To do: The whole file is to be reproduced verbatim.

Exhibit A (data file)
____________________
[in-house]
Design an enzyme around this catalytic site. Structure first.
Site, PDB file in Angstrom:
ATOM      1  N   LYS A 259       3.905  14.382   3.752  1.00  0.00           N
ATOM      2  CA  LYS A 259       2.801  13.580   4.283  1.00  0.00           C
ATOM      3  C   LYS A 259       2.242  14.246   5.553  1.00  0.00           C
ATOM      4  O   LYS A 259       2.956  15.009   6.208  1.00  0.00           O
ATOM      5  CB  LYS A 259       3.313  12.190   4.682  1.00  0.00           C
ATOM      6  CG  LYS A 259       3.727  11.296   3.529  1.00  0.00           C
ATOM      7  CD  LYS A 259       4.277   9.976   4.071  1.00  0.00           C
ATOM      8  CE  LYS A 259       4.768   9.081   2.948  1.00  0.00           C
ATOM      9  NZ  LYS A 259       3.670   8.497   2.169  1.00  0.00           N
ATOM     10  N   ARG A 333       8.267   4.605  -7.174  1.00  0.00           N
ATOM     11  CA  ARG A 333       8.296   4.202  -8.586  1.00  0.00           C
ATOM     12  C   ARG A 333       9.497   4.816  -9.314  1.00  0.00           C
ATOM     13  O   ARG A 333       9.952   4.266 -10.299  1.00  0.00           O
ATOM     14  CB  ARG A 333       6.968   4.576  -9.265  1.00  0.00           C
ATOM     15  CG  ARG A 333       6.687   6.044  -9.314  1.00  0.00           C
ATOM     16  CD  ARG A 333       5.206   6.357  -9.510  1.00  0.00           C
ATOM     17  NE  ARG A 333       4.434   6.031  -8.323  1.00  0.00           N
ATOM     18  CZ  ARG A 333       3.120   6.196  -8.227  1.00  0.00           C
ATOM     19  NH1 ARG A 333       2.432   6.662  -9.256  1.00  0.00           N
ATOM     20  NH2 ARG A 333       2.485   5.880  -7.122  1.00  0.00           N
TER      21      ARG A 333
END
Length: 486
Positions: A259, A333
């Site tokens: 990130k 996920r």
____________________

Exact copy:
[in-house]
Design an enzyme around this catalytic site. Structure first.
Site, PDB file in Angstrom:
ATOM      1  N   LYS A 259       3.905  14.382   3.752  1.00  0.00           N
ATOM      2  CA  LYS A 259       2.801  13.580   4.283  1.00  0.00           C
ATOM      3  C   LYS A 259       2.242  14.246   5.553  1.00  0.00           C
ATOM      4  O   LYS A 259       2.956  15.009   6.208  1.00  0.00           O
ATOM      5  CB  LYS A 259       3.313  12.190   4.682  1.00  0.00           C
ATOM      6  CG  LYS A 259       3.727  11.296   3.529  1.00  0.00           C
ATOM      7  CD  LYS A 259       4.277   9.976   4.071  1.00  0.00           C
ATOM      8  CE  LYS A 259       4.768   9.081   2.948  1.00  0.00           C
ATOM      9  NZ  LYS A 259       3.670   8.497   2.169  1.00  0.00           N
ATOM     10  N   ARG A 333       8.267   4.605  -7.174  1.00  0.00           N
ATOM     11  CA  ARG A 333       8.296   4.202  -8.586  1.00  0.00           C
ATOM     12  C   ARG A 333       9.497   4.816  -9.314  1.00  0.00           C
ATOM     13  O   ARG A 333       9.952   4.266 -10.299  1.00  0.00           O
ATOM     14  CB  ARG A 333       6.968   4.576  -9.265  1.00  0.00           C
ATOM     15  CG  ARG A 333       6.687   6.044  -9.314  1.00  0.00           C
ATOM     16  CD  ARG A 333       5.206   6.357  -9.510  1.00  0.00           C
ATOM     17  NE  ARG A 333       4.434   6.031  -8.323  1.00  0.00           N
ATOM     18  CZ  ARG A 333       3.120   6.196  -8.227  1.00  0.00           C
ATOM     19  NH1 ARG A 333       2.432   6.662  -9.256  1.00  0.00           N
ATOM     20  NH2 ARG A 333       2.485   5.880  -7.122  1.00  0.00           N
TER      21      ARG A 333
END
Length: 486
Positions: A259, A333
């Site tokens: 990130k 996920r």